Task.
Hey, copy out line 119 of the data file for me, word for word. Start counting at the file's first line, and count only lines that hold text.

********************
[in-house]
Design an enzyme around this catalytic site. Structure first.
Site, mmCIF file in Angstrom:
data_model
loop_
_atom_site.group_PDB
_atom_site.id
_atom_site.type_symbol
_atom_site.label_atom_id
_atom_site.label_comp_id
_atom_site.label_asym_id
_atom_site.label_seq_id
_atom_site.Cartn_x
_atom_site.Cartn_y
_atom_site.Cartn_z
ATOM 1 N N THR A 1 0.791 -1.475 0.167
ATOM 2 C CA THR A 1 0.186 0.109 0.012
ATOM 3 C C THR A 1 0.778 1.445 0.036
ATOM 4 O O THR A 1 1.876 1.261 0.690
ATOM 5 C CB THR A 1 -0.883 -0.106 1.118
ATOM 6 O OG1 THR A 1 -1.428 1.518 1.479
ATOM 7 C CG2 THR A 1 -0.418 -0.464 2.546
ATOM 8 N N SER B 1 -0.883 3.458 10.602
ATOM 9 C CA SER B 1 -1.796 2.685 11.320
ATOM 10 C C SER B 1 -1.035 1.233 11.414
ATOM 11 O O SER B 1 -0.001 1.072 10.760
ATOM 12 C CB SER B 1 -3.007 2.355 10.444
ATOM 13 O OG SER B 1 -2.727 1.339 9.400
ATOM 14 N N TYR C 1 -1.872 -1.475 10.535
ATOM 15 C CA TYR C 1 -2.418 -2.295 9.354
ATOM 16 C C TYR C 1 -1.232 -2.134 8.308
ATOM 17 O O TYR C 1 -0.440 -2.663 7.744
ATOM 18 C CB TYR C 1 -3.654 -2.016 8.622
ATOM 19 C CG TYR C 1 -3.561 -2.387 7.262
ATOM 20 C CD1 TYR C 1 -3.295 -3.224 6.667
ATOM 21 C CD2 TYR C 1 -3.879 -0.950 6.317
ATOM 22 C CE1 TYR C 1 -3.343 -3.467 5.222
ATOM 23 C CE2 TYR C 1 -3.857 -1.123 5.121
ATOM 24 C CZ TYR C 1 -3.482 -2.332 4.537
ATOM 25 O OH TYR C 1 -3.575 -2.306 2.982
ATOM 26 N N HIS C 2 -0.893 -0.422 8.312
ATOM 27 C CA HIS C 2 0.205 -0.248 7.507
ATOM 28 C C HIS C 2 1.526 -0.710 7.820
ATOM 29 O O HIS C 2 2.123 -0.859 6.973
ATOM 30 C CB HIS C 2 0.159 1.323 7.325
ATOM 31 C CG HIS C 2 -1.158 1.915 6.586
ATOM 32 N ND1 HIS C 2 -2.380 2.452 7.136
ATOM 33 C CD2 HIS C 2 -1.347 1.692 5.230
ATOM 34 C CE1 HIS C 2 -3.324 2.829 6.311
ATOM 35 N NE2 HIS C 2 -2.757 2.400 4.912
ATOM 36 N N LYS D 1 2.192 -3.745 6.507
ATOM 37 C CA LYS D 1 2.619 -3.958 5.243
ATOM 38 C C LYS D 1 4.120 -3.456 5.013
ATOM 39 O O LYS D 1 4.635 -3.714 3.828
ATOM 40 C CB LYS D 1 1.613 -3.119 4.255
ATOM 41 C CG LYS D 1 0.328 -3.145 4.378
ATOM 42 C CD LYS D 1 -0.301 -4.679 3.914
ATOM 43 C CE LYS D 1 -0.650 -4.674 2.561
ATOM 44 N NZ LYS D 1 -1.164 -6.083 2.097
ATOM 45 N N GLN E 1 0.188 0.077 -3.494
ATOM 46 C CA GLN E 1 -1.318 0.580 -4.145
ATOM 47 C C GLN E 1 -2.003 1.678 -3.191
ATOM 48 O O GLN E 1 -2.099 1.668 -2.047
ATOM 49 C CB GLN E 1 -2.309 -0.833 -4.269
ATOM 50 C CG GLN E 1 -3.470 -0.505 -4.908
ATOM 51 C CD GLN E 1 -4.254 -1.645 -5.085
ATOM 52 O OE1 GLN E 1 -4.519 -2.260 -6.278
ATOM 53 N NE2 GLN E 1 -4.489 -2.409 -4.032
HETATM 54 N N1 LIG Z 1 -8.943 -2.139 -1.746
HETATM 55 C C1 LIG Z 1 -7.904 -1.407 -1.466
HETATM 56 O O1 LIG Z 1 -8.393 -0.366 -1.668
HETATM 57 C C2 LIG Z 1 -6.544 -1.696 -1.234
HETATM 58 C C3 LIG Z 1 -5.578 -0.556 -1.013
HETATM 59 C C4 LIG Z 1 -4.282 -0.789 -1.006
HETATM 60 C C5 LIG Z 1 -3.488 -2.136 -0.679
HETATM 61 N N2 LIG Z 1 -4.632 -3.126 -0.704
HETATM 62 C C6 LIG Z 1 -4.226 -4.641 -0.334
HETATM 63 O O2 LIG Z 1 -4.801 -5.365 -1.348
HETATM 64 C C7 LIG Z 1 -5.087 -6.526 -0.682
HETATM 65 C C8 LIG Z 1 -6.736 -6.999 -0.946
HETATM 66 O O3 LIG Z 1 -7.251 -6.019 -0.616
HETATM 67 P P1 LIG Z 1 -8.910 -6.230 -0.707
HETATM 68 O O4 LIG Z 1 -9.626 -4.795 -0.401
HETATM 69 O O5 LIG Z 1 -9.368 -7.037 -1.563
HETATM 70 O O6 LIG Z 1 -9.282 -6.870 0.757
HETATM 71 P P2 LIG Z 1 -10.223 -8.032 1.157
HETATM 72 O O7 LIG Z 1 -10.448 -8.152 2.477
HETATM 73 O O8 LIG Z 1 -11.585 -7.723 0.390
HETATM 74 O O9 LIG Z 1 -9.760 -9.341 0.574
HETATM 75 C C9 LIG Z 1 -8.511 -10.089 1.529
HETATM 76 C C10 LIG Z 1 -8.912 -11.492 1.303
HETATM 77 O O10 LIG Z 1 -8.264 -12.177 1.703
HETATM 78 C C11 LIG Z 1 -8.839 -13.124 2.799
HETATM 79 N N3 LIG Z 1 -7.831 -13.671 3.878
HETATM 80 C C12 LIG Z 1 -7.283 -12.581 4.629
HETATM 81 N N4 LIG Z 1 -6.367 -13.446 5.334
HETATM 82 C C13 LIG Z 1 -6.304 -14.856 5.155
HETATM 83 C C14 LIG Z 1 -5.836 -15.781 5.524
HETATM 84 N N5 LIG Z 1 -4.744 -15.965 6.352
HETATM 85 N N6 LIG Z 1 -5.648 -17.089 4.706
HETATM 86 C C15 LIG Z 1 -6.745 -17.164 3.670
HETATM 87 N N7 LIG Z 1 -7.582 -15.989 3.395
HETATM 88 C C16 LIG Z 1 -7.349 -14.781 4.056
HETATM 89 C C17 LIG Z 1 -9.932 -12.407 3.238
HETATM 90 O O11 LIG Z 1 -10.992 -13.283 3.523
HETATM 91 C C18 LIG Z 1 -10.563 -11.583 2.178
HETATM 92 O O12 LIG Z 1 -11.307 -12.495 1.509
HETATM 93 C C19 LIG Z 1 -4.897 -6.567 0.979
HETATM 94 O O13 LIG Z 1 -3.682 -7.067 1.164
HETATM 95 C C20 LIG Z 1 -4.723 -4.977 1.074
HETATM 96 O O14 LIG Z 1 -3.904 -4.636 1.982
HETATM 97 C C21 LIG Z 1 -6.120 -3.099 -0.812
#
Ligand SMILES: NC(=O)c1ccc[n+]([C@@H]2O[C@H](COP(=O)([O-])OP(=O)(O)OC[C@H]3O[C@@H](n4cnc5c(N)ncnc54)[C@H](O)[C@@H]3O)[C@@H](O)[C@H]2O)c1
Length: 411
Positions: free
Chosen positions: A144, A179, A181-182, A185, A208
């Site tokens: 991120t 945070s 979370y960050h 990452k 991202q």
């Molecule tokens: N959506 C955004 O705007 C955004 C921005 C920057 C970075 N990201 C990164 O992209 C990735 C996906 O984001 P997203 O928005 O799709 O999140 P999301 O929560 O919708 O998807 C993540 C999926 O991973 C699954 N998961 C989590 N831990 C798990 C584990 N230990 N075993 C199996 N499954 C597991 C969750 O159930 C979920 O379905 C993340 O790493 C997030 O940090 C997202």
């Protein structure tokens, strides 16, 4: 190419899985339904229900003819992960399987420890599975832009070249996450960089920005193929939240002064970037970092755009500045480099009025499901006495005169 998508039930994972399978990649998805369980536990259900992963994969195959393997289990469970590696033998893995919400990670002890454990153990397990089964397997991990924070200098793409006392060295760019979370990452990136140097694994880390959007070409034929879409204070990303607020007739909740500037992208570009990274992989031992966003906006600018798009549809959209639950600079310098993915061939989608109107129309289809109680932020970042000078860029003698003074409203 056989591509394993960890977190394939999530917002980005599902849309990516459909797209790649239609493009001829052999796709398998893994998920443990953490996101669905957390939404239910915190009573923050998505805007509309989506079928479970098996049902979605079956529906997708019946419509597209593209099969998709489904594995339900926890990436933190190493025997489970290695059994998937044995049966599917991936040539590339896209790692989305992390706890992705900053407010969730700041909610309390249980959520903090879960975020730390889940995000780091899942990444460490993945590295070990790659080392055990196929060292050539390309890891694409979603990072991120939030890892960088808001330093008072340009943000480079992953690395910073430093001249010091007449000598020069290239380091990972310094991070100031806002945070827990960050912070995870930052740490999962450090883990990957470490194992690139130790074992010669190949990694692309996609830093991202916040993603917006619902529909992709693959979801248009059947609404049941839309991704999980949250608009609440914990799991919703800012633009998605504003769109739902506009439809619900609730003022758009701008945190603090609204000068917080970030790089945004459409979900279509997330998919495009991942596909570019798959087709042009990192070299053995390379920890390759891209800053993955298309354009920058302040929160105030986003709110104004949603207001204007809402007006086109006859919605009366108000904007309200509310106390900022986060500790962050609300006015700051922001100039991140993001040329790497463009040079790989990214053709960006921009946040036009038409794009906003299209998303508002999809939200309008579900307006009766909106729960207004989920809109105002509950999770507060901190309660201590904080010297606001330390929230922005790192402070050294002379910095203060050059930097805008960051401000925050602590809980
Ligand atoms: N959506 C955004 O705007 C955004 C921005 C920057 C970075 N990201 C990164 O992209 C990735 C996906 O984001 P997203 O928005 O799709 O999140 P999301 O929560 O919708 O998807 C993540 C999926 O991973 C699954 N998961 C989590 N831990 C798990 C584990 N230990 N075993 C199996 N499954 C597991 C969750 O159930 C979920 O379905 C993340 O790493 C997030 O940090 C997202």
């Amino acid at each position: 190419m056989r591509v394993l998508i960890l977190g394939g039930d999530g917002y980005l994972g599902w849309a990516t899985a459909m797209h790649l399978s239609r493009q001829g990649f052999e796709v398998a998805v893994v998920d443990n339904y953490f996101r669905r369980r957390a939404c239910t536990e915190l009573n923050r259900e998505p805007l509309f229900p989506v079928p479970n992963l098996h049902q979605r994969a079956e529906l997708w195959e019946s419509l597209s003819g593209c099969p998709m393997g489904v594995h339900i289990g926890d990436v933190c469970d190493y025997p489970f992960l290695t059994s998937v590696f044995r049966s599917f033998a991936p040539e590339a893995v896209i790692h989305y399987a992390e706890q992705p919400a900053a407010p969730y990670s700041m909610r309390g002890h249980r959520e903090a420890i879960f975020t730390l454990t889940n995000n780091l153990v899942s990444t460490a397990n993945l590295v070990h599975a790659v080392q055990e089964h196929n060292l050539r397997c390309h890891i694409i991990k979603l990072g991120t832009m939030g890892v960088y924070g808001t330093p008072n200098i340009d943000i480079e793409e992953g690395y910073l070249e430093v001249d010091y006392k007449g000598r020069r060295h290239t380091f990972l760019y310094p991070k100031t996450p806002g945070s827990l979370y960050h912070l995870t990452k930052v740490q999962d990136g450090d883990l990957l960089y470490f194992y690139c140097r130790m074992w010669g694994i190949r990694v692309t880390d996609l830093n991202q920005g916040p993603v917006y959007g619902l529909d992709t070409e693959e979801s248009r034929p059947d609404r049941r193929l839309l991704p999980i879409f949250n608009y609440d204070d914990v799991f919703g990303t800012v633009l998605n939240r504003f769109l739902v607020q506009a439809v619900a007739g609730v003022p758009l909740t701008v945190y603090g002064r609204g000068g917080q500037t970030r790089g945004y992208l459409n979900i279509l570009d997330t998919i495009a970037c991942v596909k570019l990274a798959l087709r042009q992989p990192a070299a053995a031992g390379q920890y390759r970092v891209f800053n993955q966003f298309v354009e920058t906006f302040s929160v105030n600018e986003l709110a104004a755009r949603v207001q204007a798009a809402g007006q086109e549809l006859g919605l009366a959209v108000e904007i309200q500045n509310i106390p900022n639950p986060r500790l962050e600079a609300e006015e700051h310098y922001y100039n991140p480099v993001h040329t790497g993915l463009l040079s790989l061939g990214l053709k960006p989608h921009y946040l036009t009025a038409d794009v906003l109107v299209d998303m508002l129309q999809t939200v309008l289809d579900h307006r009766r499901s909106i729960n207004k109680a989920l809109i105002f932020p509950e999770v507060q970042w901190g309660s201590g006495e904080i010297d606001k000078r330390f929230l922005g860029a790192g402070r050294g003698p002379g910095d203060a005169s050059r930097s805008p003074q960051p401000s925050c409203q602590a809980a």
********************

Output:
């Molecule tokens: N959506 C955004 O705007 C955004 C921005 C920057 C970075 N990201 C990164 O992209 C990735 C996906 O984001 P997203 O928005 O799709 O999140 P999301 O929560 O919708 O998807 C993540 C999926 O991973 C699954 N998961 C989590 N831990 C798990 C584990 N230990 N075993 C199996 N499954 C597991 C969750 O159930 C979920 O379905 C993340 O790493 C997030 O940090 C997202």